One boy shoves. And the other pinches. And before I know it, we’re on the brink of a full-out brawl. I run as I hear the screaming and scramble to break up the situation as it escalates.
I’m tempted to yell, as I see how they’re acting. And I’d be lying if I said I’d never done that before.
But as time passes I’m realizing more and more, they take their cues from me. And more often than not, the behavior I see in them is the result of what they’ve seen in me … selfishness, impatience … being ungentle and unkind.
I cringe as I’m reminded again how I fail. And I take a deep breath and whisper it to my own self: grace, grace, grace.
I debrief each one so I can try to sort through what happened. And it doesn’t take long to figure out they are both guilty.
As they go to their rooms to think about their choices, I gain time to decide what to say, how to act, and the punishment to give away. Because sometimes I need time. Time to ponder and consider what is best. And in my seventeen-plus years as a parent, I’m always needing to learn new things which help make my discipline more effective.
4 Tips to Effective Discipline
1. Find a private place
I used to correct each child immediately, as soon as the event happened. But as our family has grown there is always an audience, and it can make discipline an embarrassing experience. So I’ve made it a practice, as much as possible, to find a private place to be alone with each child. Boys especially respond to this, as it conveys a level of respect and privacy which is often more important to them than we realize.
2. Get down at their eye level
No one likes to be talked down to. And although the content of our words may not be condescending, the body language and height discrepancy often is. I have found my children to be much more responsive to the discipline of the moment, when I not only remove the embarrassment and distraction of an audience, but also get down at their eye level as we talk. It gives them a more free route to humility and communicates how much I think they matter.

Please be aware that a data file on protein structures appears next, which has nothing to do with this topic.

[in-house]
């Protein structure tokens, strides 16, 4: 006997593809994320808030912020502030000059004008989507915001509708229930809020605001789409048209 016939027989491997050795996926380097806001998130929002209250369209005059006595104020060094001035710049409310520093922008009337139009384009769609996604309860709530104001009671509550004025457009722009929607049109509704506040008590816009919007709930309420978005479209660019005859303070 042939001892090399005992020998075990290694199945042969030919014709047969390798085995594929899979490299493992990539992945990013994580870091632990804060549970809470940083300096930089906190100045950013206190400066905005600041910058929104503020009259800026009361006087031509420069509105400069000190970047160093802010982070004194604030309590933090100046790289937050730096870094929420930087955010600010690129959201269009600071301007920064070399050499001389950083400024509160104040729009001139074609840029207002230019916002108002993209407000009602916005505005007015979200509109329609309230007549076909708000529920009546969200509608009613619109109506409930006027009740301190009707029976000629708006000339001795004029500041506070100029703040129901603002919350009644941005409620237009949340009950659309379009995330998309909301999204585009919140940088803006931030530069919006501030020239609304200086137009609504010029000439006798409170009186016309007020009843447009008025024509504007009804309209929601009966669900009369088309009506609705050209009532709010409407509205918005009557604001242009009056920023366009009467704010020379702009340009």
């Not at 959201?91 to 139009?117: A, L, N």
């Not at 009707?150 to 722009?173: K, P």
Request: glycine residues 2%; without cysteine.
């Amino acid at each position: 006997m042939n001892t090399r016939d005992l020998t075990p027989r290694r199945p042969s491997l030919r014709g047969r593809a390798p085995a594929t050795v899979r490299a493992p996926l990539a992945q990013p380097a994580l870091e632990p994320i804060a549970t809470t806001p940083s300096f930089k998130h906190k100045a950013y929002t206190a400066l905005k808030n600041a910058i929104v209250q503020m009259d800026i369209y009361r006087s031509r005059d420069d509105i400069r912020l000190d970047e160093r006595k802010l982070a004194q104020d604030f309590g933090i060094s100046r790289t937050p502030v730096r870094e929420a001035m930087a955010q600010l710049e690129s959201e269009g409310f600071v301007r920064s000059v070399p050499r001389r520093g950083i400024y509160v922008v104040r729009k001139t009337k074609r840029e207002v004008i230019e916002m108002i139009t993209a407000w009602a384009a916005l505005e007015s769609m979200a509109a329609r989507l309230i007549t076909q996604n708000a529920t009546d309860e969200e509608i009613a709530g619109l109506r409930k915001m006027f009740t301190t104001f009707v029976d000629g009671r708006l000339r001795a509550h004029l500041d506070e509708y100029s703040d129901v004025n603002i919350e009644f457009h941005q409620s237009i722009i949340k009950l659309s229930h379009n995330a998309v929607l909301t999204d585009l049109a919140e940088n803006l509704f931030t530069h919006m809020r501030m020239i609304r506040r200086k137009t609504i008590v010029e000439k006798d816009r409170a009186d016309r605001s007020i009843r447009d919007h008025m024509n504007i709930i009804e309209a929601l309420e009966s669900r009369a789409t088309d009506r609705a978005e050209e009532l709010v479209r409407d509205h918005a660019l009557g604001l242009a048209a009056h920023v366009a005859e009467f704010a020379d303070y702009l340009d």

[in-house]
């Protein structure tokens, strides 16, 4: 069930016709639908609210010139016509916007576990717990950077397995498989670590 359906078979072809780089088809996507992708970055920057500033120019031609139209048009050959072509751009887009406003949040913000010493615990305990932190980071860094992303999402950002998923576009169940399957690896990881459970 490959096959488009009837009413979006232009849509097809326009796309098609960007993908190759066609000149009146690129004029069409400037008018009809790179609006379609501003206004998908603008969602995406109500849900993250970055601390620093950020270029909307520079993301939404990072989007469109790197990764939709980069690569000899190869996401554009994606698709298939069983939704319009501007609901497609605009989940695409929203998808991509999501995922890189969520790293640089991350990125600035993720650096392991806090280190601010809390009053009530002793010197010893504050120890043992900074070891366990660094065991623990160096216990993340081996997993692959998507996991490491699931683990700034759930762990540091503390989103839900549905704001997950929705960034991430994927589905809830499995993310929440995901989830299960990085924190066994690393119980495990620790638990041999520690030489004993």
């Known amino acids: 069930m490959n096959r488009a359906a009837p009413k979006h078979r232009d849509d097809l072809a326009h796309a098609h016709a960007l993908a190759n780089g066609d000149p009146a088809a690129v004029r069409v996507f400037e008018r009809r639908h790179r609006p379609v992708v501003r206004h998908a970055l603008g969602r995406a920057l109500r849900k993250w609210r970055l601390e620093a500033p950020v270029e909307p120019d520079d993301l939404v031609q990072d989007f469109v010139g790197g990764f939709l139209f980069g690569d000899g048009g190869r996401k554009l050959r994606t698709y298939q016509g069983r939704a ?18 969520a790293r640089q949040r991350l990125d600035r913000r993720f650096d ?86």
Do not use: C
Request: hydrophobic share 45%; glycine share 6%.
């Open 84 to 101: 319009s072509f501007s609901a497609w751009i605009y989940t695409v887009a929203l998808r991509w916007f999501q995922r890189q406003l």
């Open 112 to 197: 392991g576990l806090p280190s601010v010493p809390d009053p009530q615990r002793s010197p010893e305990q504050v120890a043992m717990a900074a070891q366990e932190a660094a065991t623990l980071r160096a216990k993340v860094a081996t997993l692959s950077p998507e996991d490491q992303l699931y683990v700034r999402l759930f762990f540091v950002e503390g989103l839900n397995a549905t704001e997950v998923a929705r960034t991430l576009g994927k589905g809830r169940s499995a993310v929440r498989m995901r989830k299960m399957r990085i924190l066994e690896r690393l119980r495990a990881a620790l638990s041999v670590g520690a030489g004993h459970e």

3. Speak in a calm, quiet voice
A calm quiet voice garners attention, especially when my kids are expecting a raised voice. Because let’s face it, most often when we are upset, we raise our voices in decibel and intensity, often preventing others from hearing our message. But when we speak in a calm quiet voice, ears perk up and lean in to hear our controlled and dignified response. We convey a significance to our message when we demonstrate self-control and patience. And as we practice speaking in this manner, we may be surprised how much they’ll begin to use their calm quiet voices too, since habits are so much more caught than taught.
4. Emphasize their strengths
We are all born with innate strengths. And during a disciplining moment I try to redirect the conversation to at least one of their strengths–identifying it out loud and communicating how much I believe in them to use it to make better decisions. It is a powerful thing to hear words of affirmation, knowing someone not only identifies a strength in you, but also believes in the power you have to use your strength for good. And isn’t that the goal of discipline? To make a disciple? To speak hope into a heart and plant positive seeds of change? And this is what we accomplish when we emphasize strengths instead of focusing so much on weaknesses.